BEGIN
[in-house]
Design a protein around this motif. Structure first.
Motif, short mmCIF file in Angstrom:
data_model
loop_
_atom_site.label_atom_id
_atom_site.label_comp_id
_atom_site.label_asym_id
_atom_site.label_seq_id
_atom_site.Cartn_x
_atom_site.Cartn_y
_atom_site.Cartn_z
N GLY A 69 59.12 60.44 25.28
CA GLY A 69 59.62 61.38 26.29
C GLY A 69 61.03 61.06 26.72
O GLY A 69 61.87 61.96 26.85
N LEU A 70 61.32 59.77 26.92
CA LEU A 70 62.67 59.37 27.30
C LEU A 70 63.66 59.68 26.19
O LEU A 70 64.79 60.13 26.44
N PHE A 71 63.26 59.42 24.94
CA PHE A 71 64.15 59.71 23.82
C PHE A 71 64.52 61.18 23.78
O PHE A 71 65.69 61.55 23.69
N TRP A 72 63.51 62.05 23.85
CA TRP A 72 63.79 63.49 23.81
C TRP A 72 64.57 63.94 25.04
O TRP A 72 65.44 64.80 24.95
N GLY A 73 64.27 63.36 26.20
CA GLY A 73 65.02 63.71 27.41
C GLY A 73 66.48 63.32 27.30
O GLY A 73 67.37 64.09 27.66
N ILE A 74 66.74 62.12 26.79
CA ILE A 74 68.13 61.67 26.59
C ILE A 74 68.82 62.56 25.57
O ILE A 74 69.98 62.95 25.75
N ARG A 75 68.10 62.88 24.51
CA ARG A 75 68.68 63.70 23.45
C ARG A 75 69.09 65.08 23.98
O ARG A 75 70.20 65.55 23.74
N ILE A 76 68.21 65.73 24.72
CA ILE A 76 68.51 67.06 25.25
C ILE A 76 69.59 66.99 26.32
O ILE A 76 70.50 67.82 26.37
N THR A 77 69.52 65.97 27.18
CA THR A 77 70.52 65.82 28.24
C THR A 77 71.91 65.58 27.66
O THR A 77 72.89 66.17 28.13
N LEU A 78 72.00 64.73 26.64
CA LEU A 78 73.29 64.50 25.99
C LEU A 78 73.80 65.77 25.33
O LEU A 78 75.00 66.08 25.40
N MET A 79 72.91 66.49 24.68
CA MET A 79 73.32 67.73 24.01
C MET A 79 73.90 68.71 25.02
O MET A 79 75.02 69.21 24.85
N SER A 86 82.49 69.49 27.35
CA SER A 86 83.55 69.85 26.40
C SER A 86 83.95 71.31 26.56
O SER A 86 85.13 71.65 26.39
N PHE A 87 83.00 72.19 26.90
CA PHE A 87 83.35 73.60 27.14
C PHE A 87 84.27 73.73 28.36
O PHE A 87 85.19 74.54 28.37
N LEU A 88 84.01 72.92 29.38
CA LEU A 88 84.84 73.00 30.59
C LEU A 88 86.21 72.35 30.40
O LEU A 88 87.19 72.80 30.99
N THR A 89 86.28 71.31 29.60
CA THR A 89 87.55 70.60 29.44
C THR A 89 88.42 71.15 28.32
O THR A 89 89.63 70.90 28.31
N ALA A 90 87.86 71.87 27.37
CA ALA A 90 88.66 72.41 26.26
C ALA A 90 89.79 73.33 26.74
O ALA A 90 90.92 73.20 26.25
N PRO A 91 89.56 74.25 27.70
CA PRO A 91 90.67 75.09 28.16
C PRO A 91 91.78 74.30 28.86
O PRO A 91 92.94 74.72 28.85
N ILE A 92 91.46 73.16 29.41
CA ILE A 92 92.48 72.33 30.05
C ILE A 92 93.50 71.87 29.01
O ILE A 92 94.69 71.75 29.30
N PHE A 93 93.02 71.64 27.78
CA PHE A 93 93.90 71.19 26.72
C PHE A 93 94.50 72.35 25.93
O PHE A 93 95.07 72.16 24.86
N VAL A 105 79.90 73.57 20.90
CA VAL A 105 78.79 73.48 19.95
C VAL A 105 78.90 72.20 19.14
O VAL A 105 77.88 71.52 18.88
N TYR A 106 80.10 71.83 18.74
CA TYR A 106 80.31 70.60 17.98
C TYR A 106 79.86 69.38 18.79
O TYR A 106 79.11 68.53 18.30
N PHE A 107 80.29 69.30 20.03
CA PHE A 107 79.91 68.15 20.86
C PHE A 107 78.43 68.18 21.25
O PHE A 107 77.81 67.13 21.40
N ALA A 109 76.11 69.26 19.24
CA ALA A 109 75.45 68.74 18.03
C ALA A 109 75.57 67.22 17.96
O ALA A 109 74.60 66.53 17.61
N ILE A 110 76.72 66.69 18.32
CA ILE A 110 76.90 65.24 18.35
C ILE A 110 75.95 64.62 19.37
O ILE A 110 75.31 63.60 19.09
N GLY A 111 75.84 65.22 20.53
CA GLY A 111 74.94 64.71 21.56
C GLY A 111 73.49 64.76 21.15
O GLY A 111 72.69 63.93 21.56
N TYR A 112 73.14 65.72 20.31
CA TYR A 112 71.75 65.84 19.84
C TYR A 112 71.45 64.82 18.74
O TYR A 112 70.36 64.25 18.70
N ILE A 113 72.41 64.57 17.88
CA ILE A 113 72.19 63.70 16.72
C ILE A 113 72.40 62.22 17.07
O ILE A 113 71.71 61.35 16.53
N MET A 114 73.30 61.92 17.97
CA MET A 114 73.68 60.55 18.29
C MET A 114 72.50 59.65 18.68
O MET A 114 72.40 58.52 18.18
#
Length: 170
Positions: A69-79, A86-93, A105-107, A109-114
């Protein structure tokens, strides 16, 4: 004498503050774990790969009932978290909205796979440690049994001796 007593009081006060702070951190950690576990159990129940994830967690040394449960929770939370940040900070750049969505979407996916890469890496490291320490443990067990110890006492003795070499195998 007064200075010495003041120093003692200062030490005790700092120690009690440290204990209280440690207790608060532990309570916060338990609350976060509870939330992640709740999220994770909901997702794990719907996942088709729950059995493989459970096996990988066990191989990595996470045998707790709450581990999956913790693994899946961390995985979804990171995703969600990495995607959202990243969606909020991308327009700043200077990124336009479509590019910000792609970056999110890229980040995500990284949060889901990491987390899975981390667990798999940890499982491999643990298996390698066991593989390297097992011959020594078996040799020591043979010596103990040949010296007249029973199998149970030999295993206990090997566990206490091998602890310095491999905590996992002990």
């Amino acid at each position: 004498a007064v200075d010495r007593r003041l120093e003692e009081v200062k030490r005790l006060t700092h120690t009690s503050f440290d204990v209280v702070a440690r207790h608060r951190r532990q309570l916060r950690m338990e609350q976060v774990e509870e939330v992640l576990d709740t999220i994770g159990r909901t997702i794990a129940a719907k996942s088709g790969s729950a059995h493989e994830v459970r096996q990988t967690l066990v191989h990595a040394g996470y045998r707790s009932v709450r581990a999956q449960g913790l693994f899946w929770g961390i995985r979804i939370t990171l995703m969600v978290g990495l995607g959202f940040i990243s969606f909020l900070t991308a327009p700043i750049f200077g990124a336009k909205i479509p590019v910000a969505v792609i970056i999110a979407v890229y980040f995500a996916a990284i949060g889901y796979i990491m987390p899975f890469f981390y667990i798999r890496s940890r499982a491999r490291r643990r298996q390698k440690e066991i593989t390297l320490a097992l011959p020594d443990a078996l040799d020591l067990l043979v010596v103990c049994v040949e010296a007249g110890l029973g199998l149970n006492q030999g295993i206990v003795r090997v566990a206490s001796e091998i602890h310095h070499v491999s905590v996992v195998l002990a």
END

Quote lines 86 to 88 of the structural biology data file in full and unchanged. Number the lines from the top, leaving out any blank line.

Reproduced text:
CA PHE A 93 93.90 71.19 26.72
C PHE A 93 94.50 72.35 25.93
O PHE A 93 95.07 72.16 24.86